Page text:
Religious legislation has also raised worries. Only 14 denominations and groups will be recognized as “churches”, with hundreds of other faith groups, including newer evangelical churches, being forced to register again with authorities, a move former dissidents say resembles the Soviet-era and is an attempt by the government to enforce its religious views on people.
Additionally, Jose Manuel Barroso, the chief of the EU’s executive branch, the European Commission, expressed concerns in a letter to the prime minister about two bills, including one that some think could threaten the independence of Hungary’s Central Bank.
WITHDRAWING BANK LAW?
European Commission spokesman Olivier Bailly said “European Commission President Barroso asked for the bills to be withdrawn because he is concerned that they
might contravene with the treaty” of the European Union.”
Critics claim the Central Bank law, which was expected to be adopted Friday, will lead to a government takeover as it will enlarge the Monetary Council and the number of deputy governors.
The criticism has prompted the International Monetary Fund and the EU to halt talks with Hungary on a safety net the government is requesting of some 26 billion dollars as the country copes with the highest debt in the region, some 80 percent of Gross Domestic Product.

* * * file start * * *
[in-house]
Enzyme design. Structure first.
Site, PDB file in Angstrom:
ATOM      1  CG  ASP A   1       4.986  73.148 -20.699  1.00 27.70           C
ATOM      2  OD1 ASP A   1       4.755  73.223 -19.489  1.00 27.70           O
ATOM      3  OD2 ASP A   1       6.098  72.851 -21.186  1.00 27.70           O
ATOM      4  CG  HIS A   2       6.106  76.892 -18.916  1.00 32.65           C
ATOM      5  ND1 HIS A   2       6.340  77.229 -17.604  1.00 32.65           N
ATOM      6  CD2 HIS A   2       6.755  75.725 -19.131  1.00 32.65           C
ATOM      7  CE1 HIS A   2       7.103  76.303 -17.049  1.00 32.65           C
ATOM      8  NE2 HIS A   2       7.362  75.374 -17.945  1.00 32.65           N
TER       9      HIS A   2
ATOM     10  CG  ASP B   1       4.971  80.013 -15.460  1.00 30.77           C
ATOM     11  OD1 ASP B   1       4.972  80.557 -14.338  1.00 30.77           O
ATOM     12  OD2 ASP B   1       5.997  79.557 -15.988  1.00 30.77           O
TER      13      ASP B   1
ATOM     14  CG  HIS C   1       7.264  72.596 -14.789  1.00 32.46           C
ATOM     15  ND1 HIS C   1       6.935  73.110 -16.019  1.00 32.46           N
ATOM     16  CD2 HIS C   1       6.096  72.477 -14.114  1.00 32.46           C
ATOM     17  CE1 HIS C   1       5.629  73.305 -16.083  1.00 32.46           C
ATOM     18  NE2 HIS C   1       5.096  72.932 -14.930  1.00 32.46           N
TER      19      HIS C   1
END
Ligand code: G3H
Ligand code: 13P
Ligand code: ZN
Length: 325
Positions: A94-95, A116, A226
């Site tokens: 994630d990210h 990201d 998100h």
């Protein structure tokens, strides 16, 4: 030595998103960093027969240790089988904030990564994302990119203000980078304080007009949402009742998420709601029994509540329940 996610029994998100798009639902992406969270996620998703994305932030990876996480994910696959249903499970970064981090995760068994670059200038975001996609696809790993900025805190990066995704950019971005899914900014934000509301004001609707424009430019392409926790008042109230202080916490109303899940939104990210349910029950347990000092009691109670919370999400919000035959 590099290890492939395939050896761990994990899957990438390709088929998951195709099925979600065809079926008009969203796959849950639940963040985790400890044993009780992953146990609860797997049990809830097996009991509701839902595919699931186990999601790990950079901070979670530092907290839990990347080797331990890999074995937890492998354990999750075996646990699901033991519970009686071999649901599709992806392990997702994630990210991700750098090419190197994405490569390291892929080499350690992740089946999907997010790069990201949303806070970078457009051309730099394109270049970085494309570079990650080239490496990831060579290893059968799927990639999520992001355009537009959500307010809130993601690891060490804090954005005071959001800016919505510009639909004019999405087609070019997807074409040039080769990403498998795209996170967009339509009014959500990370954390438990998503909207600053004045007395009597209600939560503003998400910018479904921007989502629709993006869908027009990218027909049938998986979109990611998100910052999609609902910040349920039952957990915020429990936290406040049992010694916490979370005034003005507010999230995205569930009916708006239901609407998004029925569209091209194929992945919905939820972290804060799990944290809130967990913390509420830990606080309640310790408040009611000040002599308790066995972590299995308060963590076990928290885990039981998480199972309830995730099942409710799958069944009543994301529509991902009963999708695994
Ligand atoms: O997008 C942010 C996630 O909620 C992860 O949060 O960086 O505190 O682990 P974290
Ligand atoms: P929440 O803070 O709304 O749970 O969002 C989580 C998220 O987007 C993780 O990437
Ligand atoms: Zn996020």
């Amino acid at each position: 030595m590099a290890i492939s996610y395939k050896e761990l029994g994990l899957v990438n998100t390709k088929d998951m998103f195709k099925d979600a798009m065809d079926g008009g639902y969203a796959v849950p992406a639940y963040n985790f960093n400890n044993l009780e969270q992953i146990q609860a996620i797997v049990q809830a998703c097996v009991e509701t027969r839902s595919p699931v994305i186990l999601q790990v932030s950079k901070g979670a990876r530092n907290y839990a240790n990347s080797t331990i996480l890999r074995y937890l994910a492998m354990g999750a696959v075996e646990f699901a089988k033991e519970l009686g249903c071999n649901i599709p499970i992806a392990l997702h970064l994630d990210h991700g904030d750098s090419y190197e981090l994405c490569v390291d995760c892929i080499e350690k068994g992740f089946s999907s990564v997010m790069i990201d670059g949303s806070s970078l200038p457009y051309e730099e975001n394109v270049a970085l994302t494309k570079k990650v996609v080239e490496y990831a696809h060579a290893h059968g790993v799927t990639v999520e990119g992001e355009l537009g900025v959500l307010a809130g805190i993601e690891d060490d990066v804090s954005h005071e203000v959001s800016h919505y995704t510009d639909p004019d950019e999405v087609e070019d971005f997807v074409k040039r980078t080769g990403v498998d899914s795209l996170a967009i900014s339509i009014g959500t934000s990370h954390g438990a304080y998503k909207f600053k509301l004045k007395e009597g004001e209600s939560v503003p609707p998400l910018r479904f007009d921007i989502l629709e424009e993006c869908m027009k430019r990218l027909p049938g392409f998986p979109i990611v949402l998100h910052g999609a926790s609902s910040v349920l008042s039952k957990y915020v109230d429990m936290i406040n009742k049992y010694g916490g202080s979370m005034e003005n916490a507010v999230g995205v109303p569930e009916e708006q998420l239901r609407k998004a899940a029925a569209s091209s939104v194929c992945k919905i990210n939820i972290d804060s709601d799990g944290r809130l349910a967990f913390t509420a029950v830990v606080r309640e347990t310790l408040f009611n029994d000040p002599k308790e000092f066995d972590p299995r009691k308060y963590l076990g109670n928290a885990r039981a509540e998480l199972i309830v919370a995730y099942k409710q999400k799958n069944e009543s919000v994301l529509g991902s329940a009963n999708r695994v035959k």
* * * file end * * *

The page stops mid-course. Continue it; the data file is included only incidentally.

Prime Minister Orbán rejects the European Commission’s criticism.
Orbán told reporters that he told President Barroso “that there was no possibility to delay [the laws] as Hungary’s Constitution will take effect on January 1, and both laws are important bricks in the new constitutional order.”
Hungarian police scuffled with protestors last week and detained dozens of activists. They included legislators who chain themselves at an entrance of the Hungarian parliament. Among those detained was also former Socialist Prime Minister Ferenc Gyurcsány.
Speaking to reporters outside the police station, Ferenc Gyurcsány said protests would continue. “Today there are the Socialists, tomorrow the ‘Politics Can Be Different Party’ and there will be other organizations.”
He added that Hungarians have no other choice because “it is impossible to live with Prime Minister Orbán.” And, in his words, “Orban’s autocracy can no longer tolerate even peaceful opposition and protests.”